(Image source from: The Telegraph)
Indian-Americans have donated over $1.2 billion to 37 American universities and colleges since 2000 to August 2018, according to a new study led by Indiaspora, that intents to transform the triumph of Indian-Americans into meaningful impact worldwide.
The study by "Indiaspora Monitor of University Giving 2018," said that around 47 percent of the donations are from repeat donors who had also given $1 million or more to either the same or a different university or college.
A whole of 37 different colleges was the recipient of the 68 major donations and these higher educational institutions are both geographically and economically varied. Private universities obtain more than twice the donation as public colleges and receive $5 for every $2 donated to public schools.
The University of California Los Angeles (UCLA) received the utmost number of donations, with Harvard University and Boston University coming second, thoroughly followed by the University of Chicago and University of Pennsylvania. According to the report, three of the 37 colleges receiving donations were community colleges.
Indian-origin people provided money for general student scholarships or campus facilities and buildings.
The donation worth for engineering colleges or universities was the highest at 24.8 percent, followed closely by medicine and business at 20.6 percent. General donations were at 7.3 percent while South Asia Studies received 5.5 percent of all donations. The technology received 3.4 percent of all donations while physics and environmental studies received 1.1 percent each.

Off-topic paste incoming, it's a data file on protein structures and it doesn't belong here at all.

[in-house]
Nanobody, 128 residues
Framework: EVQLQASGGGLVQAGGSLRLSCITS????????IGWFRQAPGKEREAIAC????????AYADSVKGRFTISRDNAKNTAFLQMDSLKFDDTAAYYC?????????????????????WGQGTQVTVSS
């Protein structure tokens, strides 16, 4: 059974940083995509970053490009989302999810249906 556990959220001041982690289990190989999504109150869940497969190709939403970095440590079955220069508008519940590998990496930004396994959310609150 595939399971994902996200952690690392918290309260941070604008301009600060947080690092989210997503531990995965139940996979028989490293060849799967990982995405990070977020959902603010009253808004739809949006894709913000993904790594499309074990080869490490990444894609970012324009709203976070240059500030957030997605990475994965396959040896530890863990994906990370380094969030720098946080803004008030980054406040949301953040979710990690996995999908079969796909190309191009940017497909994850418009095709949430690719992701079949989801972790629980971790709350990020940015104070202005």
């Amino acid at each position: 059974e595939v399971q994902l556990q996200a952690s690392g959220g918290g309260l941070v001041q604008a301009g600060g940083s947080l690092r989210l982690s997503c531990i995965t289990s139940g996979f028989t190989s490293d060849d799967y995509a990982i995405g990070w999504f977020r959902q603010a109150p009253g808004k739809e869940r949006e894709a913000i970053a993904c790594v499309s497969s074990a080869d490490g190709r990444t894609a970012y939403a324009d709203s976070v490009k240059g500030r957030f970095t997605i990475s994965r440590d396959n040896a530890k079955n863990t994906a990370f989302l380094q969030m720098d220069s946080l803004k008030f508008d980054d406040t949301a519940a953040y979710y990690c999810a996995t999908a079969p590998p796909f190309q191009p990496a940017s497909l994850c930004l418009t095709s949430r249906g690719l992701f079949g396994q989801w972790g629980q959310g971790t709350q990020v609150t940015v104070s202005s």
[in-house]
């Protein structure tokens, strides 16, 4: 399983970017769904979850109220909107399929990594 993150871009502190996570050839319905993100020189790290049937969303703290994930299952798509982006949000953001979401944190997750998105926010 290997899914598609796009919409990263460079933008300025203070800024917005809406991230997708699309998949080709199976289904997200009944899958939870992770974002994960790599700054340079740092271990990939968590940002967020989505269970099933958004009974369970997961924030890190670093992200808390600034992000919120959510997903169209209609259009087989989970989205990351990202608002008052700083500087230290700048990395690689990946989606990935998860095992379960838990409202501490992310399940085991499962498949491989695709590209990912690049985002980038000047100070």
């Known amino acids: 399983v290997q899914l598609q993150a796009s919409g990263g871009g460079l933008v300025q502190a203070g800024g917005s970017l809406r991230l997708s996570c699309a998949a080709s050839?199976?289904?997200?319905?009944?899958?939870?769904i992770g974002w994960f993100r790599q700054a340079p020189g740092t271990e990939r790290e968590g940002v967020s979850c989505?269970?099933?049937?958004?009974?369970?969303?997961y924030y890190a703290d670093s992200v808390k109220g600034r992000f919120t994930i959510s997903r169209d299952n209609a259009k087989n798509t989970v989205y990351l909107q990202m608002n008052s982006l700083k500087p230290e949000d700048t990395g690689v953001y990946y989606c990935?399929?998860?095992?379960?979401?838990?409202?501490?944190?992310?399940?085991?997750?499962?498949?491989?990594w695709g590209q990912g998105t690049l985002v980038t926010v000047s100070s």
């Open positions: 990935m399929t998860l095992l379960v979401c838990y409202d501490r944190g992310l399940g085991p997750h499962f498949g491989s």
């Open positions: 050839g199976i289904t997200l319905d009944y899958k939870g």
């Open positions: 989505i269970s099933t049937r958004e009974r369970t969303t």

According to Council for Aid to Education, donations to American universities raised 6 percent to a record $43.6 billion in 2017, and more than $19 billion of these charitable funds were given by individuals.
Indian-Americans in the United States are the most educated ethnic group, and on an average earn $1,00,000 yearly as opposed $60,000 that most Americans earn.
The study said, "As a community, Indian Americans embody the ideal of hard work and have even been named the most entrepreneurial ethnic group in America."
Indian-American patrons are refining and uplifting the impacts of these fields not just for Indians, but for students from every single culture. The India Studies donations created 10 positions, programs, or centers to promote Indian culture.
"As India becomes a leading nation of the twenty-first century, it is imperative that a pre-eminent global institution like Yale has a deep and wide base of India studies. This commitment reinforces Yale’s position as a truly Global University. We expect many more connections between Yale and India in the years ahead," Infosys co-founder Nandan Nilekani, who created one of these programs at Yale, was quoted as saying in the report.
One of the largest donations ever made was by an Indian-American Chandrika Tandon, a successful businesswoman and Grammy-nominated artiste. She donated $100 million to New York University’s engineering school. The engineering school's "entrepreneurial spirit" made her donate, highlighting one of the values significant to women of color determined for professional achievement in the country.
"The imagination and inventiveness of the students and faculty as they worked together on real-world problems; the cutting-edge work being done both within the school and collaboratively across schools in such diverse areas like the arts, medicine, education, incubators; the entrepreneurial spirit that pervades the place - all this inspired us so," she was quoted as saying the study.
The study looked at donations that were limited to publicly stated donations or over $1 million to the U.S. colleges and universities, both private and public.
By Sowmya Sangam